South Africa is a country that is disproportionately affected by the consequences of global warming. Our coast has been identified as one of the regions in the world at highest risk of flooding and studies estimate that wildfires burn approximately 3 million hectares per year.

“Longer dry spells and rising temperatures would only increase that risk,” warns Mario Molina, International Director of The Climate Reality Project. Molina is one of a powerful line-up of internationally recognised climate change and sustainability leaders to address the Green Building Council South Africa (GBCSA) Convention in Johannesburg this July.

An advocate for bold green leadership globally, Molina has worked extensively developing public-private partnerships for Climate Reality, briefed business and government officials on climate and energy policy, and on the critical role of finance in accelerating a clean energy transition.

Molina spearheads former US Vice President and Climate Reality Chairman Al Gore’s international policy, advocacy, and communications programme strategies, leveraging cross-sector partnerships to advance implementation of Nationally Determined Contributions to the 21st Conference of the Parties (COP 21) agreement to take collective action to limit average global warming to under 2 degrees centigrade.

Before joining Climate Reality, Molina was responsible for the design, operation and management of the Alliance for Climate Education, working in nearly 30 cities across the US in the development of climate science curricula and energy efficiency projects. Prior to his work in the US, he developed several sustainability and conservation programmes in Australia, Ecuador, Costa Rica, the Dominican Republic, and Peru.

Molina and climate scientists are unanimous in their findings: this is the decade to take decisive action to prevent catastrophic global warming.

He explains that, as one of over 175 nations signed onto the COP 21 Paris agreement, South Africa will need to submit its Nationally Determined Contribution (NDC) to reduce greenhouse gas emissions and implement adaptation strategies for vulnerable populations according to its capabilities.

“This historic agreement is the best opportunity the world has to avoid catastrophic climate change, build resiliency into our communities, and transition to a clean energy economy,” says Molina.

It will take bold leadership to set South Africa on a more sustainable course, and do this without delay. He reports that in its NDC, South Africa is expected to recognise the importance of adapting to the unavoidable impacts of climate change, and the need for international support through funding and technology transfer.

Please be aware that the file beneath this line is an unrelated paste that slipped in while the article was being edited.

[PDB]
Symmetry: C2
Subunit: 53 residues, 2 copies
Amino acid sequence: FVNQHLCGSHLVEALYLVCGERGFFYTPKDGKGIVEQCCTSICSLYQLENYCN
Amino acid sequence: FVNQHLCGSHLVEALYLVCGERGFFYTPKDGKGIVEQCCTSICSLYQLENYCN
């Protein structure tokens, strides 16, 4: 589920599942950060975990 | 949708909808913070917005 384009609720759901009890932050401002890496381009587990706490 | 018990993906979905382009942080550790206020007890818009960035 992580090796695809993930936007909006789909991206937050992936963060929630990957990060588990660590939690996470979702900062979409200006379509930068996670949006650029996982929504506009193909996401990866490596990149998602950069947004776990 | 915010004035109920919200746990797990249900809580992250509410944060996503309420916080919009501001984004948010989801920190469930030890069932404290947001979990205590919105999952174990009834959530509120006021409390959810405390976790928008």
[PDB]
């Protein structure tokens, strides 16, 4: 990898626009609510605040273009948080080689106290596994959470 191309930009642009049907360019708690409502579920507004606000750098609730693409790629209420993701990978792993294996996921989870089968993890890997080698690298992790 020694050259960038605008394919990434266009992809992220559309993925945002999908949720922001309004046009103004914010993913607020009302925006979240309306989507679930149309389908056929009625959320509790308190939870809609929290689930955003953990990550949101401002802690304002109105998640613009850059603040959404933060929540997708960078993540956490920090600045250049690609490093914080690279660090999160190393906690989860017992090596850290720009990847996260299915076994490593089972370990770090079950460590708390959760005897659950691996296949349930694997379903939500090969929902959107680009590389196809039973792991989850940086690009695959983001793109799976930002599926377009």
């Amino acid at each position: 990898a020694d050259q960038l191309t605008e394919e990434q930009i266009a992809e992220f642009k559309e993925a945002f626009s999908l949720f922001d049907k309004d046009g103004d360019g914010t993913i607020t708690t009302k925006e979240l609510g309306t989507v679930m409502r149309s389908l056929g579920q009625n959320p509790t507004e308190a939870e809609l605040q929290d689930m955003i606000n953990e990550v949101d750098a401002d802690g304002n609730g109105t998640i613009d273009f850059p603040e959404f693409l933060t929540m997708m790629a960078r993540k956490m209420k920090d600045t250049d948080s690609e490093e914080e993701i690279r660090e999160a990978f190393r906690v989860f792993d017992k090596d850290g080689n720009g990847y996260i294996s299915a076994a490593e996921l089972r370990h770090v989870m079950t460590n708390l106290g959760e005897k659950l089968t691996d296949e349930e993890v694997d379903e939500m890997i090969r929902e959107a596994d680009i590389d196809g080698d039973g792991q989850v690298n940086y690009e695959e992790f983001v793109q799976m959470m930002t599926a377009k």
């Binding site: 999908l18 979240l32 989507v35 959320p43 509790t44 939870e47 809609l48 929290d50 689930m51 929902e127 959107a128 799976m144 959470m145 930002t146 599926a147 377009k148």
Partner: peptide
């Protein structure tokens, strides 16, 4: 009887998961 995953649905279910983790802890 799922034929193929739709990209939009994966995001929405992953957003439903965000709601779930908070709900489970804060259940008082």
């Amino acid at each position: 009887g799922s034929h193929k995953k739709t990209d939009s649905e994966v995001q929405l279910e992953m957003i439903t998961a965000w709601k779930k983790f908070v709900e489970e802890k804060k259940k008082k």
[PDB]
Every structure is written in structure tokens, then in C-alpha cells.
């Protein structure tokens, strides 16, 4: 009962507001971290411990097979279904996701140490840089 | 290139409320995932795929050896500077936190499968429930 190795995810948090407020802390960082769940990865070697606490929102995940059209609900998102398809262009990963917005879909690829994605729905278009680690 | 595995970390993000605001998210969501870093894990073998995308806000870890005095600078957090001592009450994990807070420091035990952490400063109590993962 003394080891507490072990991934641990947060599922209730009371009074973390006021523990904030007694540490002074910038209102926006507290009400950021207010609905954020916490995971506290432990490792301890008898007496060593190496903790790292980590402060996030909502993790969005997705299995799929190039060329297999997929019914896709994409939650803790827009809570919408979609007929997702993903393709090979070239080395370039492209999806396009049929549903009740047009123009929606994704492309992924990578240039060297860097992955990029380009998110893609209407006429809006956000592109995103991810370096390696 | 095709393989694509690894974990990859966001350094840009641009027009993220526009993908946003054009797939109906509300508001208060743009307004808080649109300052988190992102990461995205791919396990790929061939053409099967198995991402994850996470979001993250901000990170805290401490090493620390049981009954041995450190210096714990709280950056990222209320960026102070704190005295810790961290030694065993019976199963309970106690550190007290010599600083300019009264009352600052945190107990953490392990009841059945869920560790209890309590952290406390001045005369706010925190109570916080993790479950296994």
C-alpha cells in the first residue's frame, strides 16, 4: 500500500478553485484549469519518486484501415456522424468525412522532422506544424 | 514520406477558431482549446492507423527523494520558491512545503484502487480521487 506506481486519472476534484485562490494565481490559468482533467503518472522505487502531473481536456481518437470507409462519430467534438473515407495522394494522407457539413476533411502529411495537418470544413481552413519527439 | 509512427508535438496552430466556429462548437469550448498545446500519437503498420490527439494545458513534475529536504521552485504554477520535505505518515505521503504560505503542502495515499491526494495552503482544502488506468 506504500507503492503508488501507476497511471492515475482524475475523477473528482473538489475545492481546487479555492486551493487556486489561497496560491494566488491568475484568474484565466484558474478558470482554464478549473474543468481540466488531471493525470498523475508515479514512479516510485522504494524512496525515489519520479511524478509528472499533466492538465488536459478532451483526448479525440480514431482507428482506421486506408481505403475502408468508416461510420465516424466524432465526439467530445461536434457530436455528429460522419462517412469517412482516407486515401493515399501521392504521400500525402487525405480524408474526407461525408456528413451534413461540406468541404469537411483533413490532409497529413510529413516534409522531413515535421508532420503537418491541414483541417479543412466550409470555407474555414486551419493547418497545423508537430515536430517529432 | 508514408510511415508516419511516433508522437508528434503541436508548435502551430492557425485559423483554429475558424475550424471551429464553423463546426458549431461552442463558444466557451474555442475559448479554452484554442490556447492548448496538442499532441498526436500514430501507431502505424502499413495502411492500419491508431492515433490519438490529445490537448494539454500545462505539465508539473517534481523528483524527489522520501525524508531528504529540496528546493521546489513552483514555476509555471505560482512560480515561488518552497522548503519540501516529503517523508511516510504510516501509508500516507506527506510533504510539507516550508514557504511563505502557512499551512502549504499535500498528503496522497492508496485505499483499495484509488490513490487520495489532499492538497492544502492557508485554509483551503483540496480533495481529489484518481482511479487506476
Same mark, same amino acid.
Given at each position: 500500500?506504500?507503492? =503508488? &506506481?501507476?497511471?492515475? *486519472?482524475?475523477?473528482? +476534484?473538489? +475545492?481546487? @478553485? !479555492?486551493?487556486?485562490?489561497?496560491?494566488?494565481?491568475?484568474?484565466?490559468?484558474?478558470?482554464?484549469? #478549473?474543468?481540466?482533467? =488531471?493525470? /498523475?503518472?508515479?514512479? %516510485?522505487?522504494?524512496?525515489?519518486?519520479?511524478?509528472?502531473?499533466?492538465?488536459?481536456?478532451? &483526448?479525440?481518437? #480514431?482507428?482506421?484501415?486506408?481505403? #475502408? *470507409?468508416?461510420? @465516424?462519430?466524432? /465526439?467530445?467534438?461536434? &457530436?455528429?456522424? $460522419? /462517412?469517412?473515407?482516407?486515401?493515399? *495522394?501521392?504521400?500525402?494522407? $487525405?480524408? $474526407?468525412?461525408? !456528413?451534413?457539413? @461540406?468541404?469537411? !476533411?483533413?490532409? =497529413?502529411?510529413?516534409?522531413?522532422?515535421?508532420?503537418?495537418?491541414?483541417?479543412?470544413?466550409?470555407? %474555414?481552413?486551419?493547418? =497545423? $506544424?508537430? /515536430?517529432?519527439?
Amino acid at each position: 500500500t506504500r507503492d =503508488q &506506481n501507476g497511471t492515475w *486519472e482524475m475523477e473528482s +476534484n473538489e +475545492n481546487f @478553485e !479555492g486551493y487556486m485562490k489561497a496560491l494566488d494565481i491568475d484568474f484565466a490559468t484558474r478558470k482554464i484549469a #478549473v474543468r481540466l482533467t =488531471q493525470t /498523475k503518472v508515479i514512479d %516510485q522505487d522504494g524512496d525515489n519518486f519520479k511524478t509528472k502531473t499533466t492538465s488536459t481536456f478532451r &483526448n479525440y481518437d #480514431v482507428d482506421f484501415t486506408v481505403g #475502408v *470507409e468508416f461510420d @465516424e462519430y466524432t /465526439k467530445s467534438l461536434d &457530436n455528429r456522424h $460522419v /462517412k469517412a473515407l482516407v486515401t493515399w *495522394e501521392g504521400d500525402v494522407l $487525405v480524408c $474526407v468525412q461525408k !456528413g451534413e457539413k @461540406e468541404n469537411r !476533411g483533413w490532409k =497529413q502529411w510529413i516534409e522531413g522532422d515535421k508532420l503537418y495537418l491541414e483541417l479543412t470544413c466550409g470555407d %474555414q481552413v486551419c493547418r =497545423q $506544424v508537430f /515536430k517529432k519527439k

“The importance of progress towards implementation of the NDC’s cannot be overstated.” To achieve its Paris commitment and meet its development goals, Molina notes that South Africa has a big task ahead.

“South Africa will need to modernise its energy policies and infrastructure, attract capital towards low-carbon and efficient technologies in all sectors, and build the capacity of its institutions through climate education and readiness,” he adds.

“Currently, the country is heavily reliant on coal as a fuel supply and this dependency is nearing the end of its life cycle.”

On the other hand, Molina says the renewables market in the country is poised for growth. In 2014, South Africa was rated the most attractive emerging photovoltaic market in the world and its wind industry has seen unexpected and unprecedented success in the last four years.

South Africa averages more than 2,500 hours of sunshine per year, and average solar radiation is about 5 kWh/m2 per day, an excellent source of free energy. “The combination of distributed and utility-scale generation of solar energy could facilitate energy access to communities that are currently not connected to the grid and provide reliable electricity to urban areas,” notes Molina. “Wind has also proven to be a reliable energy source at close to zero net cost.”

In the last four years the wind industry in South Africa has become an almost ZAR75 billion ($4.5 billion-USD) industry with over 1 GW commissioned and another 2.2GW on the way. Millions have been set aside for social and economic development surrounding windfarms.

Globally, clean energy is currently the biggest market opportunity for the private sector, according to Molina. But it has other meaningful benefits too. “Investment in low-carbon development can help countries, especially those in emerging economies, lower emissions and increase resilience to climate change,” he says.

He adds that while the trends are encouraging, the approximately 400 billion USD invested in low-carbon development in 2014 represents less than half of what will be required to meet the Paris commitment.

He is optimistic that by leapfrogging fossil-fuel technologies and mobilising capital investment in renewables, emerging economies can achieve both mitigation and development goals.

Highlighting the importance of bold green leadership, Molina says: “Post-Paris, business and civil society must remain informed and vigilant while holding governments accountable for implementing policies that hasten a transition to low-carbon, equitable, and sustainable economies.”

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